Some years ago, the New Scientist ran a cover with a cartoon drawing of a wide range of cuddly animals (pandas, lemurs, grizzlies, tigers) animals lying on an around an enormous red die. The title was “Accidental origins: The idea that completes Darwin’s evolution.” The story, about the role of chance in evolution, recalled what Stephen J. Gould had famously suggested, decades ago, in that if we “replayed the tape” of evolution, much of the life that evolved on earth could be completely different. While the general evolutionary process would be the same, random, chance events in the dawn of species would happen differently before selection had grabbed hold to sort and refine the species.
Though often neglected, the role of chance is inherent to evolution. Fifty years ago, when Motoo Kimura and James Crow introduced the Neutral Theory of evolution, they essentially asked: what would happen if there were no selection, if things just replicated and change came about by chance?
As Lewis Spurgin discussed in Aeon, chance and luck are as much the essence of evolution as determined selection. The New Scientist cover was referring to a Nature article that had examined something very simple – the distribution of branch lengths in the evolutionary trees (phylogenies) of different species, inferred from the fossil record. The researchers had tallied all the branch lengths and found that, rather than a bell-curves, three-quarters of the phylogenetic trees showed and exponential distribution of lengths -- a steeply descending function by which most were very short. With this simple result, the researchers concluded that much of species evolution has been stochastic: driven by random events, as opposed to a an adaptive process guided by selection.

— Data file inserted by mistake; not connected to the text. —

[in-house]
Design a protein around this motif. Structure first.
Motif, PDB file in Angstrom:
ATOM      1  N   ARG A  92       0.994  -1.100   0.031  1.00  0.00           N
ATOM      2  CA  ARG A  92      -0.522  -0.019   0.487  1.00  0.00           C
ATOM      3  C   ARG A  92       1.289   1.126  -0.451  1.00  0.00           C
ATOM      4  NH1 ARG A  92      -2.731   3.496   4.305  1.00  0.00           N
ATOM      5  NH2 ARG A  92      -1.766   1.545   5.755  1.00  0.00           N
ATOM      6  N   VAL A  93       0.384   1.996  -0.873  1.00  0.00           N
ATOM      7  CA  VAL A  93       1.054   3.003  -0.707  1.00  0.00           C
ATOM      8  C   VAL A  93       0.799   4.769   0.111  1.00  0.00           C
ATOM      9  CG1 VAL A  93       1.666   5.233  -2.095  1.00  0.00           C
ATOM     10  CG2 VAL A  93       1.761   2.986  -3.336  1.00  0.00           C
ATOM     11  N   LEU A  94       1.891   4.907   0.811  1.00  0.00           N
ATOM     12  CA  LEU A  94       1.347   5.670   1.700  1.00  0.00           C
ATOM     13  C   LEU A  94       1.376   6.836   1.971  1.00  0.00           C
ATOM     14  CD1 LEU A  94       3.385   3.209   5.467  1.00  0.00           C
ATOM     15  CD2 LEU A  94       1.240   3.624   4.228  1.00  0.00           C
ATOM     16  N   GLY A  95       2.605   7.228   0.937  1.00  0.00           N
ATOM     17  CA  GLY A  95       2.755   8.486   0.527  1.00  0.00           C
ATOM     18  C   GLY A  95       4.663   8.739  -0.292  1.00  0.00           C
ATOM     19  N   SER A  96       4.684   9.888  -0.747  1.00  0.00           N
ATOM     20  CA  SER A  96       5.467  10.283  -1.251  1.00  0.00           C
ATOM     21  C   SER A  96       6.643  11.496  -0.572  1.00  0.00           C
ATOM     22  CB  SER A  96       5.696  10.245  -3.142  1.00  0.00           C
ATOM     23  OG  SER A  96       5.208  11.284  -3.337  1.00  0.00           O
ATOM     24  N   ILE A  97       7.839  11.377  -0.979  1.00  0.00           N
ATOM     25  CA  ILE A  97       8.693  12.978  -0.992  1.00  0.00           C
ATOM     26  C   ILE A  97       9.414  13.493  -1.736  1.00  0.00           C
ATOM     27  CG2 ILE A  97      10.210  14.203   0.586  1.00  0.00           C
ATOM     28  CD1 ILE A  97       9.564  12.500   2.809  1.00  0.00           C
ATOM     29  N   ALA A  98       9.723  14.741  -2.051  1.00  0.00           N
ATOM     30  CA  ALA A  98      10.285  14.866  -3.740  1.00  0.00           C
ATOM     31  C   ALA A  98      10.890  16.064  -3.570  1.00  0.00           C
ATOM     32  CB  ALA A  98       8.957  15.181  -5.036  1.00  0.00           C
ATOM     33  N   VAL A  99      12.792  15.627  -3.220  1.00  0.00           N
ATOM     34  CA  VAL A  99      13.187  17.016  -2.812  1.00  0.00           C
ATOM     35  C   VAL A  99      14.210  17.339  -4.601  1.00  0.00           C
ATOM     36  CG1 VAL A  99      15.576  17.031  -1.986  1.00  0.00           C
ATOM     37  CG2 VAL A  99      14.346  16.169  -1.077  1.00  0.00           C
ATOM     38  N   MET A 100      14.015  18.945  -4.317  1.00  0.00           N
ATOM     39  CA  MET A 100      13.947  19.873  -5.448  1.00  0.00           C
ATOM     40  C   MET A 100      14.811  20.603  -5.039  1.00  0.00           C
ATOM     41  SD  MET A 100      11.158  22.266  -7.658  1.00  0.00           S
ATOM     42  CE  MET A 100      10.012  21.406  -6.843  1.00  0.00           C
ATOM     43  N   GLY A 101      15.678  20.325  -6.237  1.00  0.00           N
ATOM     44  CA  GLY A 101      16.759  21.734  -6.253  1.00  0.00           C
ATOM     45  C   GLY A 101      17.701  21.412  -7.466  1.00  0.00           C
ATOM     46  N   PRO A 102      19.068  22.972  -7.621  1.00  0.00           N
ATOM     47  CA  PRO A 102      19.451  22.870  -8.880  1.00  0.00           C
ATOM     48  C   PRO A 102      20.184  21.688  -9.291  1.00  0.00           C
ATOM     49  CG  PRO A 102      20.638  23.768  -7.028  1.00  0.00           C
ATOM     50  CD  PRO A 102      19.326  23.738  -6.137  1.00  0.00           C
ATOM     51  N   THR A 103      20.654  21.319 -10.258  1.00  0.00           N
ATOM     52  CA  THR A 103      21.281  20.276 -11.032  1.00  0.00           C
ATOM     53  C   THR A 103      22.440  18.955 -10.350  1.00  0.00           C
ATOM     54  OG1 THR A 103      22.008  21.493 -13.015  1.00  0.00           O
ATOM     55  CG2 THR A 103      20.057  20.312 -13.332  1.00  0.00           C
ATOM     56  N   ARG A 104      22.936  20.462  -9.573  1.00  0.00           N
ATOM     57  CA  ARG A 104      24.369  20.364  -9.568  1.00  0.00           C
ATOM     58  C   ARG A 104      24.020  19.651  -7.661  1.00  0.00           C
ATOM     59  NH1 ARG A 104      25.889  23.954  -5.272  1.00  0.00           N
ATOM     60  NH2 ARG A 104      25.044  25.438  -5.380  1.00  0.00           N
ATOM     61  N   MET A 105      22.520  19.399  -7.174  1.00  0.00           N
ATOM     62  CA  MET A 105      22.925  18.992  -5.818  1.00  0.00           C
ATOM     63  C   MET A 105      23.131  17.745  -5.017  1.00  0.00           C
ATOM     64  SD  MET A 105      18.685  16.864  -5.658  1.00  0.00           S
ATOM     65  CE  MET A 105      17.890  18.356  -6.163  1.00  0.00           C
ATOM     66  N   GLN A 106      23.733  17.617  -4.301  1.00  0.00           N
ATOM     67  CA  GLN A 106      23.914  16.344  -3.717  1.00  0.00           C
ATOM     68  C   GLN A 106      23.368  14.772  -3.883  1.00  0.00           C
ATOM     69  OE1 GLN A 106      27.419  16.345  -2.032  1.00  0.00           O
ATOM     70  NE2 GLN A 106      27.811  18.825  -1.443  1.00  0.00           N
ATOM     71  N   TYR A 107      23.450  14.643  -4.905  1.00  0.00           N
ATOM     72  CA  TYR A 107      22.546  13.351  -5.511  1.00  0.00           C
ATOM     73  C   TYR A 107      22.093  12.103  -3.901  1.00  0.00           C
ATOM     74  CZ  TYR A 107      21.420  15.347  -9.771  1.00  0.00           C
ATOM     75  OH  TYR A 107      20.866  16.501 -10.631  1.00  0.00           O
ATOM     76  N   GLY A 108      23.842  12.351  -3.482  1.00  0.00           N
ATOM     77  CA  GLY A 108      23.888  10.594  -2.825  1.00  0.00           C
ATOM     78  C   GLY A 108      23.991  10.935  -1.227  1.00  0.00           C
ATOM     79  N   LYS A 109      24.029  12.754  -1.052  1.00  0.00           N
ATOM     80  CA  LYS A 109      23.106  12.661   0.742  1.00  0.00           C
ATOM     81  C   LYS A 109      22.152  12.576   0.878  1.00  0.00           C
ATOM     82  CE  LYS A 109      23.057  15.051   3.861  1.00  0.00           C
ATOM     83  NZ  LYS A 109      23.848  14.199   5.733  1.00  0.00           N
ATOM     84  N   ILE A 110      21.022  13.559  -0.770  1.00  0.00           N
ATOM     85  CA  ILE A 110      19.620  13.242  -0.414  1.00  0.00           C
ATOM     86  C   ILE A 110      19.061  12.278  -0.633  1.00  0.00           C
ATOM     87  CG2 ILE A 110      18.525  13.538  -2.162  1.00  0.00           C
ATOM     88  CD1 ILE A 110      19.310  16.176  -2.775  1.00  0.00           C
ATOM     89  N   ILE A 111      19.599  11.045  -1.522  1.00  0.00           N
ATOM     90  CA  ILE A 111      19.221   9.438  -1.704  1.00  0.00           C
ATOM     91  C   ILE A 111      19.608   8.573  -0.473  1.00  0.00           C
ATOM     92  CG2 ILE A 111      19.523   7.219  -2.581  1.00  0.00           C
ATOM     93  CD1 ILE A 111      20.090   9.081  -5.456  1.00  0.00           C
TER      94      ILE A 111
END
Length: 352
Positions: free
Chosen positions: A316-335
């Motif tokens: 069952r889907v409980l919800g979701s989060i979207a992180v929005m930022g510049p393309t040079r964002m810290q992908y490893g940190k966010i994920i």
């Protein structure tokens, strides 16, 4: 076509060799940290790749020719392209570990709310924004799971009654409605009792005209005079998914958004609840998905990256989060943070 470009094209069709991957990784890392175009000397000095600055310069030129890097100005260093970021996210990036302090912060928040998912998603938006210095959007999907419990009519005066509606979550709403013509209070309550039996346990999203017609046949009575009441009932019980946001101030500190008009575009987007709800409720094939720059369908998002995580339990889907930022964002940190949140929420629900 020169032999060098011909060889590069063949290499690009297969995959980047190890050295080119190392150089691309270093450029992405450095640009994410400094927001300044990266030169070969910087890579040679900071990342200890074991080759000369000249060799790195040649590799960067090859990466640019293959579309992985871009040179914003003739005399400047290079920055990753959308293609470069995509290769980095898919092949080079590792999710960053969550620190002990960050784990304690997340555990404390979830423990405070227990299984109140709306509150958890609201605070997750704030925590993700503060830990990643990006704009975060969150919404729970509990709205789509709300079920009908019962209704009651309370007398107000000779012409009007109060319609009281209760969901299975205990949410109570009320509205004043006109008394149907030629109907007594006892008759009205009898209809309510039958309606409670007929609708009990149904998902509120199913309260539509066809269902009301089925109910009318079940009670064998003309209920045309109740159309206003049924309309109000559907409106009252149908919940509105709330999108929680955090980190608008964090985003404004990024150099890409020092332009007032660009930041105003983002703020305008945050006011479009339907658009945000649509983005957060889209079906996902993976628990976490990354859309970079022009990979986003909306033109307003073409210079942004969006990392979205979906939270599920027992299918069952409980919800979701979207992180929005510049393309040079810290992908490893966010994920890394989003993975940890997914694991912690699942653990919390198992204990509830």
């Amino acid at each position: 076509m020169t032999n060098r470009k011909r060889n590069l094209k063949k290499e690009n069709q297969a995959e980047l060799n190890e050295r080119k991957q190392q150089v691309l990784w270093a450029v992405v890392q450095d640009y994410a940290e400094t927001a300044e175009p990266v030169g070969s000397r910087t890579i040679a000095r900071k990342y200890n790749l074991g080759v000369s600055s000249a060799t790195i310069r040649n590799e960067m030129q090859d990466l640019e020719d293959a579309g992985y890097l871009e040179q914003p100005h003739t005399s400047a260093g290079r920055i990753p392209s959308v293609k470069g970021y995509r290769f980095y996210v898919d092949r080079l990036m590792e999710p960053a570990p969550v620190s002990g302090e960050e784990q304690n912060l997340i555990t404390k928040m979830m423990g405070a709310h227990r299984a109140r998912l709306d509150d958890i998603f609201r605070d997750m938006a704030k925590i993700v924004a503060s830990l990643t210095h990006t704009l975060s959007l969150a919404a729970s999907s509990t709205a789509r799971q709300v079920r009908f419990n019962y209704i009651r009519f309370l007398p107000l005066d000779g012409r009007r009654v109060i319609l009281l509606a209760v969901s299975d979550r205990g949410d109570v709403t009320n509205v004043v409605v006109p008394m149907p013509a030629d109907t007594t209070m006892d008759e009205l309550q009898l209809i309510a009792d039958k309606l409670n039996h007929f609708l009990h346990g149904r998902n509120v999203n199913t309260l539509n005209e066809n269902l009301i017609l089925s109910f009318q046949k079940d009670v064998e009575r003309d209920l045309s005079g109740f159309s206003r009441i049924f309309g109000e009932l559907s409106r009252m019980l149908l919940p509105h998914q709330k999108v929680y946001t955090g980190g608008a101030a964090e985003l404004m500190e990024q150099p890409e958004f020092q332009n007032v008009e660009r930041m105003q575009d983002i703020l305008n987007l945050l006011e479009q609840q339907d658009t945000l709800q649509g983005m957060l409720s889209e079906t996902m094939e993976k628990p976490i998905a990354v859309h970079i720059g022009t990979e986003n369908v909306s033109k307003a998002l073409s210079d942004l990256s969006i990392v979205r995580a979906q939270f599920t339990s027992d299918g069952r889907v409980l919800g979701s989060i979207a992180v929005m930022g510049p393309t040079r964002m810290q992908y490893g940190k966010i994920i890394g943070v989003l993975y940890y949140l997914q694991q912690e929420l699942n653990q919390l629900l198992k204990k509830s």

There are lessons here for cultural evolution, but first, can we really gain insight by tallying up the evolutionary branch lengths? Absolutely; there is information in a distribution of events, and many, many data sets -- from sales records to social media analyses to historical lists -- contain records of events. The classic bell-curve, which we assume for so many things, from IQ to the sizes of bicycle tyres, has merely been a useful assumption often for equilibrium systems (the Central Limit Theorem). As a non-equilibrium process, however, evolution yields different distributions, with different implications. The Poisson distribution, for example, indicates that change is driven by random events.
On the geological scale of species evolution, random events might include volcanoes or meteors. Success on social media is also driven by chance, which is "why predicting your social content will `go viral' is stupid."
Even science, as Lewis Spurgin pointed out, is driven by accidents and chance:
"We constantly make subjective decisions as scientists: which questions get us fired up, which do we ignore, when do we consider a result significant enough to publish, how do we approach an analysis, and how do we interpret our findings." (Spurgin, Aeon, 09 July, 2013).
Ideally, we'd like science to build knowledge cumulatively, over generations. The same applies for cultural knowledge. We'd rather these knowledge systems not just build by chance, so what steps can be taken? Mike O'Brien and I discuss this in our new book with M.I.T. Press.